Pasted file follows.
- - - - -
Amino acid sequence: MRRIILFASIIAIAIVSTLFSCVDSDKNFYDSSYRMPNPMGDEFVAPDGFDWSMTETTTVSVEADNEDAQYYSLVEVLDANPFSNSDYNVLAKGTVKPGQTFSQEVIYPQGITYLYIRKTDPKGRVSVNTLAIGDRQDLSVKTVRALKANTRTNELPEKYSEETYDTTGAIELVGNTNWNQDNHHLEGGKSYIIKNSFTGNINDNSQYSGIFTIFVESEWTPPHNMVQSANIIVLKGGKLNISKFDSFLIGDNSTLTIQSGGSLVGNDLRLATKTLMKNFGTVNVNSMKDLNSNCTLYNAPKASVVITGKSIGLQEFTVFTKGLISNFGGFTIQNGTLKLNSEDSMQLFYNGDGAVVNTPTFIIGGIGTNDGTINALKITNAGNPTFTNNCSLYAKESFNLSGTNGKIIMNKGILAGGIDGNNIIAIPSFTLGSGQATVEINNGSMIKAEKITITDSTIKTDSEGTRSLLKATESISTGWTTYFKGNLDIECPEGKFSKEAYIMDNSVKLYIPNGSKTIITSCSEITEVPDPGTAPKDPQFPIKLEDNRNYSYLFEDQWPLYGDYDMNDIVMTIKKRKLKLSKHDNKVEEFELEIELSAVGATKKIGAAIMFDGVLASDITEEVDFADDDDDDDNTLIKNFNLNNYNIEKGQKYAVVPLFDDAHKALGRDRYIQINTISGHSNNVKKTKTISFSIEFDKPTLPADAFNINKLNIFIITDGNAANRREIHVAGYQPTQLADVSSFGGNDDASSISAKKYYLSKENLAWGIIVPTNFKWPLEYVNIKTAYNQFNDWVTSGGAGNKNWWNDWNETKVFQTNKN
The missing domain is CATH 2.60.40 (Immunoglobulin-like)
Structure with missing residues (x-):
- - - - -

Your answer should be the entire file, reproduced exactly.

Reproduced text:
Amino acid sequence: MRRIILFASIIAIAIVSTLFSCVDSDKNFYDSSYRMPNPMGDEFVAPDGFDWSMTETTTVSVEADNEDAQYYSLVEVLDANPFSNSDYNVLAKGTVKPGQTFSQEVIYPQGITYLYIRKTDPKGRVSVNTLAIGDRQDLSVKTVRALKANTRTNELPEKYSEETYDTTGAIELVGNTNWNQDNHHLEGGKSYIIKNSFTGNINDNSQYSGIFTIFVESEWTPPHNMVQSANIIVLKGGKLNISKFDSFLIGDNSTLTIQSGGSLVGNDLRLATKTLMKNFGTVNVNSMKDLNSNCTLYNAPKASVVITGKSIGLQEFTVFTKGLISNFGGFTIQNGTLKLNSEDSMQLFYNGDGAVVNTPTFIIGGIGTNDGTINALKITNAGNPTFTNNCSLYAKESFNLSGTNGKIIMNKGILAGGIDGNNIIAIPSFTLGSGQATVEINNGSMIKAEKITITDSTIKTDSEGTRSLLKATESISTGWTTYFKGNLDIECPEGKFSKEAYIMDNSVKLYIPNGSKTIITSCSEITEVPDPGTAPKDPQFPIKLEDNRNYSYLFEDQWPLYGDYDMNDIVMTIKKRKLKLSKHDNKVEEFELEIELSAVGATKKIGAAIMFDGVLASDITEEVDFADDDDDDDNTLIKNFNLNNYNIEKGQKYAVVPLFDDAHKALGRDRYIQINTISGHSNNVKKTKTISFSIEFDKPTLPADAFNINKLNIFIITDGNAANRREIHVAGYQPTQLADVSSFGGNDDASSISAKKYYLSKENLAWGIIVPTNFKWPLEYVNIKTAYNQFNDWVTSGGAGNKNWWNDWNETKVFQTNKN
The missing domain is CATH 2.60.40 (Immunoglobulin-like)
Structure with missing residues (x-):